I'm no expert, just opinionated.  Thanks for the props, we get yakking over in the Village because many of us have been following this play for the better part of a decade.  Never thought we'd be where we are today with not only such uncertainty, but such pathetic market caps.

The problem I see in Nevada is the big capital costs, questionable overburdens, and total contained minerals doesn't really imply value in the absence of a viable path to production being executed.  There are lots of properties with huge resources that are for various reasons almost worthless.  So I haven't yet seen anything in Nevada that turns my crank (which seems to have been shared by the collective yawn following the PEA) - but on the other hand I am not saying it is or isn't great - may well be either, but personally nothing compares to the upside I believe exists in Mongolia.  Listen, a jackpot in Nevada would make me happily tell the world I couldn't have been more wrong.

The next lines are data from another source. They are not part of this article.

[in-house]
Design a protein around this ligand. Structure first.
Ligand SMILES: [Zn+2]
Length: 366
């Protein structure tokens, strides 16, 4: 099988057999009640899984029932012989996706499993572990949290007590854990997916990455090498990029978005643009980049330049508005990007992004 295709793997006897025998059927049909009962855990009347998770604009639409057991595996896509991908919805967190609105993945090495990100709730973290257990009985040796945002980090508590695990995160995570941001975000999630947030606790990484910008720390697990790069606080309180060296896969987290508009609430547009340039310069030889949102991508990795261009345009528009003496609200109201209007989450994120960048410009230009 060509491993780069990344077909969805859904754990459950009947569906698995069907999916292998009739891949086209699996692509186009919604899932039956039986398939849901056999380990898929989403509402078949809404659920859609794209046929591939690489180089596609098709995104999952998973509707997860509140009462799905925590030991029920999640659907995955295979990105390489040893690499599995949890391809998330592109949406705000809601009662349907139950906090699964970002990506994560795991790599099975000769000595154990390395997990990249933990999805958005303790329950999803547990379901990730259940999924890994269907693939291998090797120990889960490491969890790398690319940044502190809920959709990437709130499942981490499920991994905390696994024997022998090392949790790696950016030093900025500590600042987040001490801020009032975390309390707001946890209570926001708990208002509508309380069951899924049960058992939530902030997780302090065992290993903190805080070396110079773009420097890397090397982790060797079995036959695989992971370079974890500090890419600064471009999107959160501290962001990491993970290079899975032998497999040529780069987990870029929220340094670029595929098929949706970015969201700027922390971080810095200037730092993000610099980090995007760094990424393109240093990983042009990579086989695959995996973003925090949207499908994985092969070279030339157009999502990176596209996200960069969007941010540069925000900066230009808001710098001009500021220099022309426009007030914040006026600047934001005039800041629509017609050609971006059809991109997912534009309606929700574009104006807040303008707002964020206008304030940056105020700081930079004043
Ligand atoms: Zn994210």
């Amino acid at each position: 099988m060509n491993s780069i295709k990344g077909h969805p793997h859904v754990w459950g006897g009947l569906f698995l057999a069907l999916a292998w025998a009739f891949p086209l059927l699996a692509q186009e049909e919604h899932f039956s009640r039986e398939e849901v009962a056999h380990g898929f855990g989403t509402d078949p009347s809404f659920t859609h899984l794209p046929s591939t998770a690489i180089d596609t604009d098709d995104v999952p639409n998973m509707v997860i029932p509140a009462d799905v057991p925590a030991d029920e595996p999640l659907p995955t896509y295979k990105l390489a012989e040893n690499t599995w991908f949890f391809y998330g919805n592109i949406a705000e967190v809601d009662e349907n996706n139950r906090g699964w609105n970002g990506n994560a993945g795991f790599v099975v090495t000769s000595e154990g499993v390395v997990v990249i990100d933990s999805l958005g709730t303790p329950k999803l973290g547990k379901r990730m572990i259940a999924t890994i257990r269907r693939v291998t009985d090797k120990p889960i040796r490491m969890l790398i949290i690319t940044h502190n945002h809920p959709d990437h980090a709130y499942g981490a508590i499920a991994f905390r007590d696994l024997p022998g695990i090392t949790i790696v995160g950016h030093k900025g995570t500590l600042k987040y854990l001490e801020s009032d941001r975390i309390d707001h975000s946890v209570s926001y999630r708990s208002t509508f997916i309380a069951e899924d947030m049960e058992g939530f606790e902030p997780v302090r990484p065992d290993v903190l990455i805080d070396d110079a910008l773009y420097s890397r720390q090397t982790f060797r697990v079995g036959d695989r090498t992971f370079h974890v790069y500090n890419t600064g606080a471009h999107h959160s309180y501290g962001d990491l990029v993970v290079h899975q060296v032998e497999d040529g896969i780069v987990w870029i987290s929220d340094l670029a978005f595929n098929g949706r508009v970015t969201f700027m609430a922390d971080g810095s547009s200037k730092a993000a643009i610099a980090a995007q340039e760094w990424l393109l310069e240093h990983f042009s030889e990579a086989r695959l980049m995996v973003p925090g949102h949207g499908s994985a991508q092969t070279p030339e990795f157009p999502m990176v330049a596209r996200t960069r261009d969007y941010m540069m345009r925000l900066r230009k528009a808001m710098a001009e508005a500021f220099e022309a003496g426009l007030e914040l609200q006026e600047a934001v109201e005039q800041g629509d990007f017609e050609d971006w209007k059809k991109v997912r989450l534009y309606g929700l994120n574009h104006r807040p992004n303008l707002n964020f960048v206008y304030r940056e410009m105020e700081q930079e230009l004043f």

You can judge the political situation in Mongolia.  I'm frustrated with the instability and rhetoric thrown around in their politics.  On the other hand bark can often be worse than bite, and their pragmatic economic interests are aligned with success for companies like both TRQ and ETG.  The OT egg is already scrambled with ETG - the key JV licenses legally belong to ETG.  There have not been any laws passed to date that have been tested against the agreement contained in the IA or threatened the ownership of the key licenses.  The IA promises that any new law will not negatively affect the promises made in that agreement.  There has been talk of that, but no action has gone that far.

Constitutionally speaking, a legislature in any country cannot bind it's successor's ability to legislate - so a law saying"this law may never be changed by the Parliament passing it now" is non-sensical.  It can be changed.  However, the legal and economic value of the promise made on behalf of one nation remains and may be enforceable outside of the country, or challenged and struck down within, or be the subject of economic damages for breach of the original promise - ie. sue them and wait for assets outside, or press the current government to make good.

If Mongolia wants to be the new iteration of Albania or North Korea, we have a major problem.  But I don't believe that is the case, and an enormous amount of pressure can be brought to bear to force them to meet their international obligations - in financial markets, in import/export, in oil, power supplies, transportation connections and open borders ...

Risks, yes, runaway state, no.

Just my views.